Trick or treating – why I don’t like it!

I probably sound like a total bore but I don’t like trick or treating.

It all started years ago when we had elderly neighbours who couldn’t cope with cold calling or anybody knocking on their door when it was dark.  Aware of their fragility I decided not to let our children get involved in an activity that I thought could easily spook vulnerable people. 

But if I’m honest, that’s only part of the reason.  The other is that I just don’t like trick or treating in the same way that I don’t like cold callers to my house, particularly at teatime when I’m busy cooking the evening meal.  I’m also not used to halloween being something to celebrate.  As a child,  halloween was not someting we did in the 1970s and 80s; it was always bonfire night that we celebrated and I guess I sort of continued on with that tradition.

Of course, things changed.  My children grew, my elderly neighbours passed away and were replaced by a younger family who were, yes you’ve guessed it, into halloween.  At the same time, halloween became more popular and shops started to stock of blaze of orange and black paraphernalia.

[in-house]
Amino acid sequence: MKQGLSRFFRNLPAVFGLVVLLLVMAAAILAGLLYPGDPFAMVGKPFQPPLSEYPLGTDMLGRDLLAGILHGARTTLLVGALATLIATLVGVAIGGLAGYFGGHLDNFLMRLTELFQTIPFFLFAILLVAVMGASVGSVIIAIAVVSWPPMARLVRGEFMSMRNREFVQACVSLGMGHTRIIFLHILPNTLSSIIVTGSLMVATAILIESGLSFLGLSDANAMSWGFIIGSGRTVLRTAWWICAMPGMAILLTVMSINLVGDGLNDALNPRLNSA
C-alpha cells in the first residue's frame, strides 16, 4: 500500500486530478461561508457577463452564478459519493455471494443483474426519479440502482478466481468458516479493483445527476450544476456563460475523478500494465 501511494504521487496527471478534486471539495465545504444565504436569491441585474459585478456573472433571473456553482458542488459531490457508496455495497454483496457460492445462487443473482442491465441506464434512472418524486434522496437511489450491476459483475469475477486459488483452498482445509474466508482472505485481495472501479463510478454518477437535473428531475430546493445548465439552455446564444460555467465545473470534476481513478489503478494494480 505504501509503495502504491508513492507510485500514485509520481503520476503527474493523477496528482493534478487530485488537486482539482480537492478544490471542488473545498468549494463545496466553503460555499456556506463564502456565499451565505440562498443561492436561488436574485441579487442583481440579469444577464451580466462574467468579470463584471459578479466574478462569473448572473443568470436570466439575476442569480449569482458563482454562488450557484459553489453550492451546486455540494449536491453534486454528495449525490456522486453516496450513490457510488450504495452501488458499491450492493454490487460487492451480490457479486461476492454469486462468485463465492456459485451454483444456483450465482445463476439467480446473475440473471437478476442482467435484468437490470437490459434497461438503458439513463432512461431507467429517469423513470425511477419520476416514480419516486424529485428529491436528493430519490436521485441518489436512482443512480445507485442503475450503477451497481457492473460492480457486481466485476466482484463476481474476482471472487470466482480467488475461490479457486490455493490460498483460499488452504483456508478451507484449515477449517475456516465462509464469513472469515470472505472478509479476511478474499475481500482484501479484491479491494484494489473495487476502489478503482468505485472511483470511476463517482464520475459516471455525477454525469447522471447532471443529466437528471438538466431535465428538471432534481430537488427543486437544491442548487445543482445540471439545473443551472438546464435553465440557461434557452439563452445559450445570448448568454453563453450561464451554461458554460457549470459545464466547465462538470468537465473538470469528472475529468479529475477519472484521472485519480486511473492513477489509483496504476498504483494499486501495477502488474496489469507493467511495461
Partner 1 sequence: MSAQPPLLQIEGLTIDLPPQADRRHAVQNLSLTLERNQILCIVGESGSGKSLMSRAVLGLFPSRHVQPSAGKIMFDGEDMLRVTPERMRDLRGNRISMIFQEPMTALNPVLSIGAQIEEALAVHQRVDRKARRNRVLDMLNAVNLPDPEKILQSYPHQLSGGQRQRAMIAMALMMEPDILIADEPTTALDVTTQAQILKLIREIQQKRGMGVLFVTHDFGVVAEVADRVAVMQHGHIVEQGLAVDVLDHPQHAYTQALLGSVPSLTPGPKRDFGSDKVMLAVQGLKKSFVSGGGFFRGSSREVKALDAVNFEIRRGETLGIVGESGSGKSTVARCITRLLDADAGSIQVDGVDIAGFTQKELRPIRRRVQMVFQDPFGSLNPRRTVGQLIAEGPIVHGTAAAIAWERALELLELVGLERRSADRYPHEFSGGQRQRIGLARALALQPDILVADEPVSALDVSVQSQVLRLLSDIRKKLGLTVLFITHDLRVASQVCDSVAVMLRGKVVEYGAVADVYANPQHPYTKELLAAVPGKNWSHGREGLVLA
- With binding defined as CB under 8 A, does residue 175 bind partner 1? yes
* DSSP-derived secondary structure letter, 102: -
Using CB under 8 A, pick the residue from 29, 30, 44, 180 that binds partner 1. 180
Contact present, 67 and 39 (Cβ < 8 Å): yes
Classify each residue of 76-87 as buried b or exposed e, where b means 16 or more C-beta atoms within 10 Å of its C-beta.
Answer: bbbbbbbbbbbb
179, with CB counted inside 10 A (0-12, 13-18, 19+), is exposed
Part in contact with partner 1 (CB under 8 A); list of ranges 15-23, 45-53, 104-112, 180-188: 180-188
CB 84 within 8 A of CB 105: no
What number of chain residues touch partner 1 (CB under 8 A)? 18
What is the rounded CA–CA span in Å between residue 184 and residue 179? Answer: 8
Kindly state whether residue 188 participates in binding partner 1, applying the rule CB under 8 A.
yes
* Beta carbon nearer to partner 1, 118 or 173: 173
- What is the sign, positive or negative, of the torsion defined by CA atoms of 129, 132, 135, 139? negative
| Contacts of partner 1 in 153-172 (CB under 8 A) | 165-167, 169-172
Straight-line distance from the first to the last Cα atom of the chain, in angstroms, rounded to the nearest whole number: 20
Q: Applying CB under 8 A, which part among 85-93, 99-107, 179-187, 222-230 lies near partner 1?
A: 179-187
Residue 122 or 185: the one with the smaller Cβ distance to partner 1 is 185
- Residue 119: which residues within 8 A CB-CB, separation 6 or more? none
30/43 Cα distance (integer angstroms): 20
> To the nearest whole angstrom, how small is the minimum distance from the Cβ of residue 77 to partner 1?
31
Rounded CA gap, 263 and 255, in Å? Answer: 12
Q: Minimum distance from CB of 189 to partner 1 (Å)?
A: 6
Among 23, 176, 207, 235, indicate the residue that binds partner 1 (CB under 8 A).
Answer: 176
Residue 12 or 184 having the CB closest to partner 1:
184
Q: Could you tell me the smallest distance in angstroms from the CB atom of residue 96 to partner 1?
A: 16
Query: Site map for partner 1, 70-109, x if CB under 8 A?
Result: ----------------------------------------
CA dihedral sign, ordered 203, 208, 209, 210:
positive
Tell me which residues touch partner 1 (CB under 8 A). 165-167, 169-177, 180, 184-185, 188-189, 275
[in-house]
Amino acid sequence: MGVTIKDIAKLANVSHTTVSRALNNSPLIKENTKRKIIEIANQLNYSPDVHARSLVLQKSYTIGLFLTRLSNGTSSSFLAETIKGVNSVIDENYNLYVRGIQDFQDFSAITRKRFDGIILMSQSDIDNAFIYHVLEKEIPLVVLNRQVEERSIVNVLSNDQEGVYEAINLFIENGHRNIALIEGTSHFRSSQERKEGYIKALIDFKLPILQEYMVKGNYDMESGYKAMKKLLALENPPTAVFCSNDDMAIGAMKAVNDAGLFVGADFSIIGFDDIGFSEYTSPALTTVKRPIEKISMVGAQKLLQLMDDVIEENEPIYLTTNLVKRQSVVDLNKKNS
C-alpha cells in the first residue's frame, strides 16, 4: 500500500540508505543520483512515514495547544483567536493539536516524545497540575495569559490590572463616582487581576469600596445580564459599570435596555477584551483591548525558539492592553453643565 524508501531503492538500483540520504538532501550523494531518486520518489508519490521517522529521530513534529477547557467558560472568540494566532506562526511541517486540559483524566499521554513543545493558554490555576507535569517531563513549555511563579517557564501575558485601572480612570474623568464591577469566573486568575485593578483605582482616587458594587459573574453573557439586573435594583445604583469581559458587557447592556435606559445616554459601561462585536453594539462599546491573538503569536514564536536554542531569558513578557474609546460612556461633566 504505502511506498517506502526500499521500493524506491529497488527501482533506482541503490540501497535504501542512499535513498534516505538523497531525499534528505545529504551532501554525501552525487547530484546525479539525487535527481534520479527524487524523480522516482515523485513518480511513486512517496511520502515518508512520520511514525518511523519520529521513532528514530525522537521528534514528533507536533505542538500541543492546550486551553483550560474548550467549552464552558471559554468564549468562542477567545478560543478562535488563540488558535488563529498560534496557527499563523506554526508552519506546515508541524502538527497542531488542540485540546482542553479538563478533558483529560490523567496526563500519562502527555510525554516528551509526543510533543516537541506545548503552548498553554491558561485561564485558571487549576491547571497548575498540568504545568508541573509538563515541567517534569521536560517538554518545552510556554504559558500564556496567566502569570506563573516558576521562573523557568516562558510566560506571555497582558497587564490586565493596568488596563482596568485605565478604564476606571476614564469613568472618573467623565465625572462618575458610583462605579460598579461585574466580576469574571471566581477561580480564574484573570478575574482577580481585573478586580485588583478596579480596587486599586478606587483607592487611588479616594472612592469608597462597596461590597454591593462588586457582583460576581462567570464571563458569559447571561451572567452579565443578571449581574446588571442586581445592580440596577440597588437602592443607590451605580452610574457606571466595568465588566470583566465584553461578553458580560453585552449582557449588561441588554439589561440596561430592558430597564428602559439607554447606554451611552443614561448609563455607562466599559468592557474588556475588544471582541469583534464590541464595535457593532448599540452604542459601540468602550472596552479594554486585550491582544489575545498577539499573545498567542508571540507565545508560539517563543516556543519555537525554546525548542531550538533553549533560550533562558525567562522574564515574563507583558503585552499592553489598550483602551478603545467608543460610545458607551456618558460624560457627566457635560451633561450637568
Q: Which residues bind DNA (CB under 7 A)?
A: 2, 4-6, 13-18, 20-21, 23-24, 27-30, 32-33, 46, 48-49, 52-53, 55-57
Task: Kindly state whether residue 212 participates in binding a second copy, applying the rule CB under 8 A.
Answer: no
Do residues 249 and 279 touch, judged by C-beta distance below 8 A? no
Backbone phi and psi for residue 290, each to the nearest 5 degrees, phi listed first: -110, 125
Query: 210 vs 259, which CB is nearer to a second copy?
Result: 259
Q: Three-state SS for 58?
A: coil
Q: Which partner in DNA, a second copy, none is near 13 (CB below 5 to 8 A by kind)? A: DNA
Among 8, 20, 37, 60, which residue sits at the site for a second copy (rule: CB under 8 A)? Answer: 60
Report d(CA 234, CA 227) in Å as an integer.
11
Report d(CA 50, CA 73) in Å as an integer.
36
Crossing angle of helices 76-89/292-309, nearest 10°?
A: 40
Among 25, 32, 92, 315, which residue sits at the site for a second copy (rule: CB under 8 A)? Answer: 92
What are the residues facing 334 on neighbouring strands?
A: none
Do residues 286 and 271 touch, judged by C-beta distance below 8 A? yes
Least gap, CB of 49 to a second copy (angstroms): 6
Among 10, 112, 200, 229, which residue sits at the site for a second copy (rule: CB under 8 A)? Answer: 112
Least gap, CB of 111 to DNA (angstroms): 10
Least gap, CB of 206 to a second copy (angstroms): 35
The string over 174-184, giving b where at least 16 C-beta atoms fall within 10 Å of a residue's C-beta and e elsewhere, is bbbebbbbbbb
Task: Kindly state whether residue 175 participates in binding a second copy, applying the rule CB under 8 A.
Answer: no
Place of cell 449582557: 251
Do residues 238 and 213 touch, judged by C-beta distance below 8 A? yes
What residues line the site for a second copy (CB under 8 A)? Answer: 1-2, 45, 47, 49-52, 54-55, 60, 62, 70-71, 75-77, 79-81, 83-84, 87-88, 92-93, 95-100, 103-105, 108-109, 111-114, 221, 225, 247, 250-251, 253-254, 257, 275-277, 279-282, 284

And with that came the peer pressure and the party invitations for my elder daughter.  By now, I was keen to maintain a good relationship with my increasingly  awkward teen so I compromised and let her go to her first halloween themed party at her friend’s house, a party that also involved some trick and treating.

Dressed as something between a vampire and a witch, with her hair back combed and fixed with half a can of hairspray she excitedly went to the party.  However, when we collected her afterwards, she was not happy.  It transpired that she hated trick and treating, absolutely hated it.  She said she felt as though she was begging and didn’t like going up to people’s doors which didn’t surprise me really as she is quite a shy girl.  Not surprisingly she has never gone trick and treating again.

Whilst I was able to let my eldest daughter learn through this experience, for my younger two children a traditional halloween is just not possible.  Their autistic disorders means that they are sensitive to a  lot of things but particularly noise and crowds of people.  Neither can they cope with excitement which really makes halloween a non-starter doesn’t it?

Nevertheless, we don’t give up on it entirely.  Instead we do our own little halloween in our home with pumpkin carvings and a special tea and do you know what, it’s lovely.  We don’t need trick or treating to enjoy halloween though, if I’m honest, I do quite fancy a fancy dress party.